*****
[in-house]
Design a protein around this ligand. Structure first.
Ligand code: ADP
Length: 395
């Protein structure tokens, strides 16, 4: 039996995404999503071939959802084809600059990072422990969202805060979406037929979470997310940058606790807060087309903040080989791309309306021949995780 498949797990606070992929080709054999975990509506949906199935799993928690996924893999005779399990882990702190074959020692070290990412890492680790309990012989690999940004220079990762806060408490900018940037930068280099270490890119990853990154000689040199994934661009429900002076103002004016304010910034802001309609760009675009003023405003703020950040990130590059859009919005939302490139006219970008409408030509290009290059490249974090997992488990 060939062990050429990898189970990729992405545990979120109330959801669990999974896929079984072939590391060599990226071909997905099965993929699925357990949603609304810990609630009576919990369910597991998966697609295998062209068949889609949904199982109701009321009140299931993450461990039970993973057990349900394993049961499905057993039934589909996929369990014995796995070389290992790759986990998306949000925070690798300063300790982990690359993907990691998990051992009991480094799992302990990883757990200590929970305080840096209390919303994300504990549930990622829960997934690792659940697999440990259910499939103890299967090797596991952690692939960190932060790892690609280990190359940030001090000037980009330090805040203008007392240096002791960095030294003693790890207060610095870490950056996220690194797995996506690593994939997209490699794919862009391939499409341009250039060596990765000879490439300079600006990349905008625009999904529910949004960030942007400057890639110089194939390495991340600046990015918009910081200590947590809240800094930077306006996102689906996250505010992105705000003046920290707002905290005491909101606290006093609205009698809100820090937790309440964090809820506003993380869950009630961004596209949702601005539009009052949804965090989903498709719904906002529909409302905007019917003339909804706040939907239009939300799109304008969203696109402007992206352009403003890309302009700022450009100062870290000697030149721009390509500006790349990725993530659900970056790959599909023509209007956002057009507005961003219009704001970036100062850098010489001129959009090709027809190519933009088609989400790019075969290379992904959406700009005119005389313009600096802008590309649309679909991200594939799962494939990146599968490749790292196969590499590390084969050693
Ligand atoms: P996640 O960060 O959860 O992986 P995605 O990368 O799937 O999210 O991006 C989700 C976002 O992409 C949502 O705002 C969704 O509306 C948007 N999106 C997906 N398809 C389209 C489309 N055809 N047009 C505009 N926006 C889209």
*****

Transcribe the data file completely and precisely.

[in-house]
Design a protein around this ligand. Structure first.
Ligand code: ADP
Length: 395
């Protein structure tokens, strides 16, 4: 039996995404999503071939959802084809600059990072422990969202805060979406037929979470997310940058606790807060087309903040080989791309309306021949995780 498949797990606070992929080709054999975990509506949906199935799993928690996924893999005779399990882990702190074959020692070290990412890492680790309990012989690999940004220079990762806060408490900018940037930068280099270490890119990853990154000689040199994934661009429900002076103002004016304010910034802001309609760009675009003023405003703020950040990130590059859009919005939302490139006219970008409408030509290009290059490249974090997992488990 060939062990050429990898189970990729992405545990979120109330959801669990999974896929079984072939590391060599990226071909997905099965993929699925357990949603609304810990609630009576919990369910597991998966697609295998062209068949889609949904199982109701009321009140299931993450461990039970993973057990349900394993049961499905057993039934589909996929369990014995796995070389290992790759986990998306949000925070690798300063300790982990690359993907990691998990051992009991480094799992302990990883757990200590929970305080840096209390919303994300504990549930990622829960997934690792659940697999440990259910499939103890299967090797596991952690692939960190932060790892690609280990190359940030001090000037980009330090805040203008007392240096002791960095030294003693790890207060610095870490950056996220690194797995996506690593994939997209490699794919862009391939499409341009250039060596990765000879490439300079600006990349905008625009999904529910949004960030942007400057890639110089194939390495991340600046990015918009910081200590947590809240800094930077306006996102689906996250505010992105705000003046920290707002905290005491909101606290006093609205009698809100820090937790309440964090809820506003993380869950009630961004596209949702601005539009009052949804965090989903498709719904906002529909409302905007019917003339909804706040939907239009939300799109304008969203696109402007992206352009403003890309302009700022450009100062870290000697030149721009390509500006790349990725993530659900970056790959599909023509209007956002057009507005961003219009704001970036100062850098010489001129959009090709027809190519933009088609989400790019075969290379992904959406700009005119005389313009600096802008590309649309679909991200594939799962494939990146599968490749790292196969590499590390084969050693
Ligand atoms: P996640 O960060 O959860 O992986 P995605 O990368 O799937 O999210 O991006 C989700 C976002 O992409 C949502 O705002 C969704 O509306 C948007 N999106 C997906 N398809 C389209 C489309 N055809 N047009 C505009 N926006 C889209």